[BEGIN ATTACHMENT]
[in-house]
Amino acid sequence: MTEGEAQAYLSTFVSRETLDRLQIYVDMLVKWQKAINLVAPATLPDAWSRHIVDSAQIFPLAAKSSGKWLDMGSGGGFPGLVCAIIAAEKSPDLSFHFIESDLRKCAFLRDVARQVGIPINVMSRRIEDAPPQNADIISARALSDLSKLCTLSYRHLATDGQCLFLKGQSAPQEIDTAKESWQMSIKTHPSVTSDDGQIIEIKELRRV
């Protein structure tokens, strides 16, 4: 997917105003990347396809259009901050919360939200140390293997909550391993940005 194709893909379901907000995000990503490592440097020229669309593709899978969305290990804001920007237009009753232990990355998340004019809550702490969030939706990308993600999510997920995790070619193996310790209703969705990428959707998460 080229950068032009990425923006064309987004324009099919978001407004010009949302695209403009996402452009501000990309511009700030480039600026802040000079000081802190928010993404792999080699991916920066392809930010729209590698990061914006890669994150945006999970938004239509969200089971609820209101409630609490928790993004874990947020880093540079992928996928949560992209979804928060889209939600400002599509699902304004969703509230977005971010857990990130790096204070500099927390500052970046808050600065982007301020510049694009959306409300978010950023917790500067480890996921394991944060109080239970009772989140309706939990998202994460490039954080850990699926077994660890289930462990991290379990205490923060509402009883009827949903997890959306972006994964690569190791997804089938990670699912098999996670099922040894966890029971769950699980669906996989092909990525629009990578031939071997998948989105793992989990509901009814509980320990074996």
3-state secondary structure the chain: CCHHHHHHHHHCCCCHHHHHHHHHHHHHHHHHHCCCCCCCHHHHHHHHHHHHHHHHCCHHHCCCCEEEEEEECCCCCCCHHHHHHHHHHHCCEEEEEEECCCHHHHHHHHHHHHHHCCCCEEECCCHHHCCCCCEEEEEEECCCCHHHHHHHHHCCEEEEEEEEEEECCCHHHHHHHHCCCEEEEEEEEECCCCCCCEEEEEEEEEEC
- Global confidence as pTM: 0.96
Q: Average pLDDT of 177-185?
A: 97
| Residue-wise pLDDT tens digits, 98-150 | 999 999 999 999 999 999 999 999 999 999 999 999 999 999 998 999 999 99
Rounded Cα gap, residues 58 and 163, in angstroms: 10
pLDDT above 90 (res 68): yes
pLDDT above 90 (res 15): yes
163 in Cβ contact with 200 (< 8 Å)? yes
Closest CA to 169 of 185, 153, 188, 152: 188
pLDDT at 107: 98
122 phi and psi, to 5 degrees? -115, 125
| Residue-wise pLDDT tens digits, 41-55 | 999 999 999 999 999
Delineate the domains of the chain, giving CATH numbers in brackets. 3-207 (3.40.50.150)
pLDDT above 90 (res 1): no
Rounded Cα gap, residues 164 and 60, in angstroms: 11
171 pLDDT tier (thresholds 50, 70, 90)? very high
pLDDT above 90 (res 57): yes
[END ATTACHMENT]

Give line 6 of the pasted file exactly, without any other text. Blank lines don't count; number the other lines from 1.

Q: Average pLDDT of 177-185?